September 28, 1986
That’s one date that I hope to never forget or change. That’s my sobriety anniversary.
On September 27, 1986 I was a bridesmaid in my best girlfriend’s wedding and that night, I had my last drink of alcohol. But before I get ahead of myself, let’s back up a bit. No, I won’t go into a long and boring drunk-alogue, if you’ve heard one, you’ve heard them all. Suffice it to say, I drank. A lot. And I drank for all the wrong reasons: to escape, to forget, to not think, to be numb. Oh I told myself that it was fun, that I was the life of the party when I drank but I was lying to myself and anyone else who’d listen.
I had my first taste of alcohol as a little girl, with my dad and grandpa and uncle. They would sit outside and listen to the KC Royals on the radio and drink Pabst Blue Ribbon beer. They would give me tastes. I thought it tasted good. No big deal, right?
The next time I had alcohol I was in high school. Someone would always swipe some from their parents’ bar and share. I remember watching a classmate throwing up in the bathroom and thinking that she was so cool. HUH?
Once I graduated, my parents moved to Topeka and I went with them. I was 18. I met a couple of friends and one of them became my drinking partner. She and I could buy wine coolers and we’d drive around and drink at the same time. It’s a miracle we never crashed or killed ourselves or anyone else.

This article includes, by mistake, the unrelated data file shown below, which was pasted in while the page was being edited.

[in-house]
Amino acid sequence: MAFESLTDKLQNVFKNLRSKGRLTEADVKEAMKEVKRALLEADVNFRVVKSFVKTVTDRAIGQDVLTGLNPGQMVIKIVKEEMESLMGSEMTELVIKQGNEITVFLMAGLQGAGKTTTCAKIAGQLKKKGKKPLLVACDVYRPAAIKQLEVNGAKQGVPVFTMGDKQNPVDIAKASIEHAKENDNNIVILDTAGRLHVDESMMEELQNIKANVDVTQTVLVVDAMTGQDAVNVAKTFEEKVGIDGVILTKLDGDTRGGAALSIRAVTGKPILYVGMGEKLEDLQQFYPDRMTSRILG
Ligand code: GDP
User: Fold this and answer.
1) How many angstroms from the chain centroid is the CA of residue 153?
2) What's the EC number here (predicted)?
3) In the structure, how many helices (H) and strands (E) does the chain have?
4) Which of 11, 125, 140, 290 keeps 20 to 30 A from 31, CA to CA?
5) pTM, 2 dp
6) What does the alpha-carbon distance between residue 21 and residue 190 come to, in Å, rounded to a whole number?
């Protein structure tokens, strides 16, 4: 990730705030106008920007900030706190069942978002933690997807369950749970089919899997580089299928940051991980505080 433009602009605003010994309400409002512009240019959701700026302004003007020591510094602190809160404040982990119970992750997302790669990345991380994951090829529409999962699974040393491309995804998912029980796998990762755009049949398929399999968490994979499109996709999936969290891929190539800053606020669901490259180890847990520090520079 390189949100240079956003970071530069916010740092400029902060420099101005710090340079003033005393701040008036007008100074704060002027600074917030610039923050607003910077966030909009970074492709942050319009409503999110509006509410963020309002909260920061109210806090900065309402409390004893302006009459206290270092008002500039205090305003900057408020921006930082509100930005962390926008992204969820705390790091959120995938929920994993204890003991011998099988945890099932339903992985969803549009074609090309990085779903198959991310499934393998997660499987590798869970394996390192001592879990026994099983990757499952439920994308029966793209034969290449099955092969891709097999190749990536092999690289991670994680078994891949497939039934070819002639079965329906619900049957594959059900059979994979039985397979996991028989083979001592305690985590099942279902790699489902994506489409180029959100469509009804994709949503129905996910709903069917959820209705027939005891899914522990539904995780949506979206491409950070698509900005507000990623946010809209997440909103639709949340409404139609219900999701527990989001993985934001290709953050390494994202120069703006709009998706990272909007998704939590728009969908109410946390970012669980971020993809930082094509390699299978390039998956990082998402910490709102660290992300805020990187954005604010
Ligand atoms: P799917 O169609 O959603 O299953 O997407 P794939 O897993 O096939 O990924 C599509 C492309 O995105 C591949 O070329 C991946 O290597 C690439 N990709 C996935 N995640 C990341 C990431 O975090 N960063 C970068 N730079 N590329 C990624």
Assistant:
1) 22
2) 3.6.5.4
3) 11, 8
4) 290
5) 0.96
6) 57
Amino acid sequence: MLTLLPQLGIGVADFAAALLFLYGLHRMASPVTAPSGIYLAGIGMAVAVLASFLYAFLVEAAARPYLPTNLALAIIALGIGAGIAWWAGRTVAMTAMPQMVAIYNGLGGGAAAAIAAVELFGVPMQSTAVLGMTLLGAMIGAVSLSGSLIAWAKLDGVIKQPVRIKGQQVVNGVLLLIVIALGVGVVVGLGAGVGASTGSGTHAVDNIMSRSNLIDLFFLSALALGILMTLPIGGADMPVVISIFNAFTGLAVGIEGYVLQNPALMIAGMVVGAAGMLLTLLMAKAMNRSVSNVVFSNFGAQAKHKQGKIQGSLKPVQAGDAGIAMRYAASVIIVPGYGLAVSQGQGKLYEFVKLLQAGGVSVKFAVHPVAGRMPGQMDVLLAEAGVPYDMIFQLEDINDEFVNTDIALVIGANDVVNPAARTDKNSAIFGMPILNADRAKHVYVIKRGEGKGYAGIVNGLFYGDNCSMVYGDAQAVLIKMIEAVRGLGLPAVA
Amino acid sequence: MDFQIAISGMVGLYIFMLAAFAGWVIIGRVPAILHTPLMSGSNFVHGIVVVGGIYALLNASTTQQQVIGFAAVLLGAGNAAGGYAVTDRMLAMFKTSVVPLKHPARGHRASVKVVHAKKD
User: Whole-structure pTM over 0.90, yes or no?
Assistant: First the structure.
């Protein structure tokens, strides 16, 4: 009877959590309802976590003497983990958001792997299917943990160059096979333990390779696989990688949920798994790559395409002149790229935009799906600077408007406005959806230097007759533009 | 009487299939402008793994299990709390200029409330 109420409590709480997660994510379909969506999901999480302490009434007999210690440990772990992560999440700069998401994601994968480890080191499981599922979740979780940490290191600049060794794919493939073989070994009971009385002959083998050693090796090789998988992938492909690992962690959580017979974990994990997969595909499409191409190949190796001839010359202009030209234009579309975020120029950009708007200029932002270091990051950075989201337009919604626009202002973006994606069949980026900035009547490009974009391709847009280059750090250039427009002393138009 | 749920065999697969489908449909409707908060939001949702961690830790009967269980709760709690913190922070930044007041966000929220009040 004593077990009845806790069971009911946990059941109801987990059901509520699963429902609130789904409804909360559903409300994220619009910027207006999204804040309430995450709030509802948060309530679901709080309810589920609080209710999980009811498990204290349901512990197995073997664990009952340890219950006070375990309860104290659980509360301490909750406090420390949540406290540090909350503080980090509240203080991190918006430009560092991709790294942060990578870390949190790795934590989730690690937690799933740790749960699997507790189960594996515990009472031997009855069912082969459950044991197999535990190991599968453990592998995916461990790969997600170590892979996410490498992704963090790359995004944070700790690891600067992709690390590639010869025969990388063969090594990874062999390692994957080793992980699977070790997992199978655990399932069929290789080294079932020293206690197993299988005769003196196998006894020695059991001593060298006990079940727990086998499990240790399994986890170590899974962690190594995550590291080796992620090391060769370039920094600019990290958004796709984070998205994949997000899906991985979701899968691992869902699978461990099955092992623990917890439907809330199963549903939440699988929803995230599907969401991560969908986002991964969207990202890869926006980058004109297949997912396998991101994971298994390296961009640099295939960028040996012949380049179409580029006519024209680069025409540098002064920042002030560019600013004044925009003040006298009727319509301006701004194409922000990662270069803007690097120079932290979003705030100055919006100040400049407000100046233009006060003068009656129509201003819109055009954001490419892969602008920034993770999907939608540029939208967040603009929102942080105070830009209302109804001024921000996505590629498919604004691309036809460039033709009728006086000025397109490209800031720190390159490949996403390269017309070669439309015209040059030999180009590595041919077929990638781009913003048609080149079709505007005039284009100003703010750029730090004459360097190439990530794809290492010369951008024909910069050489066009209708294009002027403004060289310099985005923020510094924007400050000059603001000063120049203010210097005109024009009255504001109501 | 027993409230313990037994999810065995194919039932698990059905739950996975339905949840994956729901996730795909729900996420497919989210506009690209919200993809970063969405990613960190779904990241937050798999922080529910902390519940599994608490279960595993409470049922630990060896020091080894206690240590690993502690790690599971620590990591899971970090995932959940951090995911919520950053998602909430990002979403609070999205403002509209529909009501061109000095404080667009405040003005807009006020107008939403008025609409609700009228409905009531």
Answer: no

This continued until I got to the point that I could legally buy wine or rum or anything else. Wine was my drink of choice. It was affordable (cheap). I drank to excess while I was living at home with my parents; they either didn’t realize what was going on or they were in SERIOUS denial. Me, I vote for the denial.
When I was given a serious talking to at work is when I hit my first bottom; my job at the bank was on the line. I was told to straighten up and fly right or that I’d get fired. I behaved for a while and only drank on weekends when my job wouldn’t be affected. But something scared me and I started going to therapy. Maybe if I blamed my parents for all my problems, I’d feel better. Well, therapy was helpful but any time David (my first therapist and fave therapist of all time) mentioned alcohol, I told him that I didn’t have a problem.
By the time I was 21, I was ready to get out from my dad’s strict rules and be independent. Yeah, good idea. I moved out in May and was seriously partying every weekend; I met another friend and she became another drinking buddy. We drank together until she met her future husband in a bar and married him; last I heard, they were divorced.